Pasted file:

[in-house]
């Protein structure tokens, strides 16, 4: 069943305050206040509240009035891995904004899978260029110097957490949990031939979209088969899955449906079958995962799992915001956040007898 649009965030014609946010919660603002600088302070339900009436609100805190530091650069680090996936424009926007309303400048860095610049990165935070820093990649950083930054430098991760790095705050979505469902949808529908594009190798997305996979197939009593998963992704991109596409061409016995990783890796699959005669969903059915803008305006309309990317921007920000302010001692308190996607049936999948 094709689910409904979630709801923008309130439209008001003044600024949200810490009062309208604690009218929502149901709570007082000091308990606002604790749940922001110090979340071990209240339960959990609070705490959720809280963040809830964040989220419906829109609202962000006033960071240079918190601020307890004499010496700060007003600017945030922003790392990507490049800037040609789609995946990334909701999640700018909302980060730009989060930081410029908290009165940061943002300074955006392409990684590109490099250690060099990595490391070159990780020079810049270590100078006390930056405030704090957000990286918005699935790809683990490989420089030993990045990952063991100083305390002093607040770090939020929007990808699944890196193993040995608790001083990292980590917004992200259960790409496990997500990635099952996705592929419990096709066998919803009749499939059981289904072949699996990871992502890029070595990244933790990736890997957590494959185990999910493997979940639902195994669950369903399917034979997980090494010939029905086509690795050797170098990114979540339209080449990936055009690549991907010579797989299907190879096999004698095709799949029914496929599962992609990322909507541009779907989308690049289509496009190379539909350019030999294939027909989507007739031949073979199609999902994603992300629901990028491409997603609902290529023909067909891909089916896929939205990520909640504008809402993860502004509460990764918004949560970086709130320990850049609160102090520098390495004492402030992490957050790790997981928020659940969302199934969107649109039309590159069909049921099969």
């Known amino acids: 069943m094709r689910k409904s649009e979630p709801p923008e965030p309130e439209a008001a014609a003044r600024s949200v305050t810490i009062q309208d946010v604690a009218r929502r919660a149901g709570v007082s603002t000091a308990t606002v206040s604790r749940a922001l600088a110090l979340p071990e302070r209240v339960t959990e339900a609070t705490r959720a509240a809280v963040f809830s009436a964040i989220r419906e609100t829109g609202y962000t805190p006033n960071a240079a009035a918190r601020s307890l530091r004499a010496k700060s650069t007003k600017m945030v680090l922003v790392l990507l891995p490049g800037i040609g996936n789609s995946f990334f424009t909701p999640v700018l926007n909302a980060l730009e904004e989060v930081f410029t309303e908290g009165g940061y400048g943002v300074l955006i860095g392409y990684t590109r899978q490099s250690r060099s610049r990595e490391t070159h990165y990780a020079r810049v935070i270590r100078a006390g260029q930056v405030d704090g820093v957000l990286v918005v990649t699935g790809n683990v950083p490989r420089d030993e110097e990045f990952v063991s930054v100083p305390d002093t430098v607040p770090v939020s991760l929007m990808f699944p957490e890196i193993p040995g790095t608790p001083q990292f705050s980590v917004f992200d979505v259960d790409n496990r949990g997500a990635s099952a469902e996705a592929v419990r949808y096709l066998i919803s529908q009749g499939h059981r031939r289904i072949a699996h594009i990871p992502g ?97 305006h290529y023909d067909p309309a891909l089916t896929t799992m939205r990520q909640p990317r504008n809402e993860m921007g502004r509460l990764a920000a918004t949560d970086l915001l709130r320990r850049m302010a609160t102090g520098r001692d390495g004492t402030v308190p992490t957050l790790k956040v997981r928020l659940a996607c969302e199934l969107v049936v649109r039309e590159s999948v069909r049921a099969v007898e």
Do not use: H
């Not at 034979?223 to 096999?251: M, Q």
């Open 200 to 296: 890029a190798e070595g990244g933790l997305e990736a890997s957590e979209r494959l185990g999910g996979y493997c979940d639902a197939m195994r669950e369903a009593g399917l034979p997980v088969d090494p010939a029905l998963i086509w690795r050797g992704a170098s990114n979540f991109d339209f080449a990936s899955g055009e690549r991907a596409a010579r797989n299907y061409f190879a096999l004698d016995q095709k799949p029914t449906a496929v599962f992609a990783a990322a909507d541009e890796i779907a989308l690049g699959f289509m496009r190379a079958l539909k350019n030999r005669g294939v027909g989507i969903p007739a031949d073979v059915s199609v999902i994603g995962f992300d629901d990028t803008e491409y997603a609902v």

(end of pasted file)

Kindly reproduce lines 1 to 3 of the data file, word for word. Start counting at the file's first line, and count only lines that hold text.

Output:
[in-house]
């Protein structure tokens, strides 16, 4: 069943305050206040509240009035891995904004899978260029110097957490949990031939979209088969899955449906079958995962799992915001956040007898 649009965030014609946010919660603002600088302070339900009436609100805190530091650069680090996936424009926007309303400048860095610049990165935070820093990649950083930054430098991760790095705050979505469902949808529908594009190798997305996979197939009593998963992704991109596409061409016995990783890796699959005669969903059915803008305006309309990317921007920000302010001692308190996607049936999948 094709689910409904979630709801923008309130439209008001003044600024949200810490009062309208604690009218929502149901709570007082000091308990606002604790749940922001110090979340071990209240339960959990609070705490959720809280963040809830964040989220419906829109609202962000006033960071240079918190601020307890004499010496700060007003600017945030922003790392990507490049800037040609789609995946990334909701999640700018909302980060730009989060930081410029908290009165940061943002300074955006392409990684590109490099250690060099990595490391070159990780020079810049270590100078006390930056405030704090957000990286918005699935790809683990490989420089030993990045990952063991100083305390002093607040770090939020929007990808699944890196193993040995608790001083990292980590917004992200259960790409496990997500990635099952996705592929419990096709066998919803009749499939059981289904072949699996990871992502890029070595990244933790990736890997957590494959185990999910493997979940639902195994669950369903399917034979997980090494010939029905086509690795050797170098990114979540339209080449990936055009690549991907010579797989299907190879096999004698095709799949029914496929599962992609990322909507541009779907989308690049289509496009190379539909350019030999294939027909989507007739031949073979199609999902994603992300629901990028491409997603609902290529023909067909891909089916896929939205990520909640504008809402993860502004509460990764918004949560970086709130320990850049609160102090520098390495004492402030992490957050790790997981928020659940969302199934969107649109039309590159069909049921099969």
């Known amino acids: 069943m094709r689910k409904s649009e979630p709801p923008e965030p309130e439209a008001a014609a003044r600024s949200v305050t810490i009062q309208d946010v604690a009218r929502r919660a149901g709570v007082s603002t000091a308990t606002v206040s604790r749940a922001l600088a110090l979340p071990e302070r209240v339960t959990e339900a609070t705490r959720a509240a809280v963040f809830s009436a964040i989220r419906e609100t829109g609202y962000t805190p006033n960071a240079a009035a918190r601020s307890l530091r004499a010496k700060s650069t007003k600017m945030v680090l922003v790392l990507l891995p490049g800037i040609g996936n789609s995946f990334f424009t909701p999640v700018l926007n909302a980060l730009e904004e989060v930081f410029t309303e908290g009165g940061y400048g943002v300074l955006i860095g392409y990684t590109r899978q490099s250690r060099s610049r990595e490391t070159h990165y990780a020079r810049v935070i270590r100078a006390g260029q930056v405030d704090g820093v957000l990286v918005v990649t699935g790809n683990v950083p490989r420089d030993e110097e990045f990952v063991s930054v100083p305390d002093t430098v607040p770090v939020s991760l929007m990808f699944p957490e890196i193993p040995g790095t608790p001083q990292f705050s980590v917004f992200d979505v259960d790409n496990r949990g997500a990635s099952a469902e996705a592929v419990r949808y096709l066998i919803s529908q009749g499939h059981r031939r289904i072949a699996h594009i990871p992502g ?97 305006h290529y023909d067909p309309a891909l089916t896929t799992m939205r990520q909640p990317r504008n809402e993860m921007g502004r509460l990764a920000a918004t949560d970086l915001l709130r320990r850049m302010a609160t102090g520098r001692d390495g004492t402030v308190p992490t957050l790790k956040v997981r928020l659940a996607c969302e199934l969107v049936v649109r039309e590159s999948v069909r049921a099969v007898e």